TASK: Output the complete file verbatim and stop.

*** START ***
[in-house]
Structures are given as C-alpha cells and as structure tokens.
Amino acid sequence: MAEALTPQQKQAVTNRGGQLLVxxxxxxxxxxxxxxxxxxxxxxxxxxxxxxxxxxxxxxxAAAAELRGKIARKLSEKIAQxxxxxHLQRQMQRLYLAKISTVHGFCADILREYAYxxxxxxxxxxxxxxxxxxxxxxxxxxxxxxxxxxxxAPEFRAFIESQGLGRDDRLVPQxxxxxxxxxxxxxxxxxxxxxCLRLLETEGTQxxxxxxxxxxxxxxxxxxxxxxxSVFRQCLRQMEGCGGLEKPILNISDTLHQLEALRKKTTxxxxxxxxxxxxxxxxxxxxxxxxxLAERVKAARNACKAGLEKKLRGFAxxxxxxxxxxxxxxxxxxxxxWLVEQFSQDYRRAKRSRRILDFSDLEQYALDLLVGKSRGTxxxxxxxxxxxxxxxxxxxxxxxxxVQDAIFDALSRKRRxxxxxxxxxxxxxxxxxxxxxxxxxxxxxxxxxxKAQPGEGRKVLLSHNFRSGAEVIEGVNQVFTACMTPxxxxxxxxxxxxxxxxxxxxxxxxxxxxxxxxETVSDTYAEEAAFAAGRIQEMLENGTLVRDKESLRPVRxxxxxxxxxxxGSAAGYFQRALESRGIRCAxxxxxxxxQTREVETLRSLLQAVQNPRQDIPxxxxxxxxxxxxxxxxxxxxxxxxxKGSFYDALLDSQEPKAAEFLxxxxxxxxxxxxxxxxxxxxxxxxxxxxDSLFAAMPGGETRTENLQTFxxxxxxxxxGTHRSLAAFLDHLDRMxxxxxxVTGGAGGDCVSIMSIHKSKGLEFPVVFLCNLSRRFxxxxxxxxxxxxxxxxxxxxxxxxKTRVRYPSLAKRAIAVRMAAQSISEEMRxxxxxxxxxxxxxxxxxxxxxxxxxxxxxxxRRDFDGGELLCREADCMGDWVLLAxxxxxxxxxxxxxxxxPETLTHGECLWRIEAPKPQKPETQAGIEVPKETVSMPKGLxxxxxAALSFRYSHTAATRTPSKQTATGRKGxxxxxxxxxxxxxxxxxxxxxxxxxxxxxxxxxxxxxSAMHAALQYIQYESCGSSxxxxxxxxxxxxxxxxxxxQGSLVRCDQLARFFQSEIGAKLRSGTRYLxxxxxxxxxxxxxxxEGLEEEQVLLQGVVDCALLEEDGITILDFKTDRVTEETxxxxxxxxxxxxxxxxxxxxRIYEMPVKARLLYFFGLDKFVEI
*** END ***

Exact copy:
[in-house]
Structures are given as C-alpha cells and as structure tokens.
Amino acid sequence: MAEALTPQQKQAVTNRGGQLLVxxxxxxxxxxxxxxxxxxxxxxxxxxxxxxxxxxxxxxxAAAAELRGKIARKLSEKIAQxxxxxHLQRQMQRLYLAKISTVHGFCADILREYAYxxxxxxxxxxxxxxxxxxxxxxxxxxxxxxxxxxxxAPEFRAFIESQGLGRDDRLVPQxxxxxxxxxxxxxxxxxxxxxCLRLLETEGTQxxxxxxxxxxxxxxxxxxxxxxxSVFRQCLRQMEGCGGLEKPILNISDTLHQLEALRKKTTxxxxxxxxxxxxxxxxxxxxxxxxxLAERVKAARNACKAGLEKKLRGFAxxxxxxxxxxxxxxxxxxxxxWLVEQFSQDYRRAKRSRRILDFSDLEQYALDLLVGKSRGTxxxxxxxxxxxxxxxxxxxxxxxxxVQDAIFDALSRKRRxxxxxxxxxxxxxxxxxxxxxxxxxxxxxxxxxxKAQPGEGRKVLLSHNFRSGAEVIEGVNQVFTACMTPxxxxxxxxxxxxxxxxxxxxxxxxxxxxxxxxETVSDTYAEEAAFAAGRIQEMLENGTLVRDKESLRPVRxxxxxxxxxxxGSAAGYFQRALESRGIRCAxxxxxxxxQTREVETLRSLLQAVQNPRQDIPxxxxxxxxxxxxxxxxxxxxxxxxxKGSFYDALLDSQEPKAAEFLxxxxxxxxxxxxxxxxxxxxxxxxxxxxDSLFAAMPGGETRTENLQTFxxxxxxxxxGTHRSLAAFLDHLDRMxxxxxxVTGGAGGDCVSIMSIHKSKGLEFPVVFLCNLSRRFxxxxxxxxxxxxxxxxxxxxxxxxKTRVRYPSLAKRAIAVRMAAQSISEEMRxxxxxxxxxxxxxxxxxxxxxxxxxxxxxxxRRDFDGGELLCREADCMGDWVLLAxxxxxxxxxxxxxxxxPETLTHGECLWRIEAPKPQKPETQAGIEVPKETVSMPKGLxxxxxAALSFRYSHTAATRTPSKQTATGRKGxxxxxxxxxxxxxxxxxxxxxxxxxxxxxxxxxxxxxSAMHAALQYIQYESCGSSxxxxxxxxxxxxxxxxxxxQGSLVRCDQLARFFQSEIGAKLRSGTRYLxxxxxxxxxxxxxxxEGLEEEQVLLQGVVDCALLEEDGITILDFKTDRVTEETxxxxxxxxxxxxxxxxxxxxRIYEMPVKARLLYFFGLDKFVEI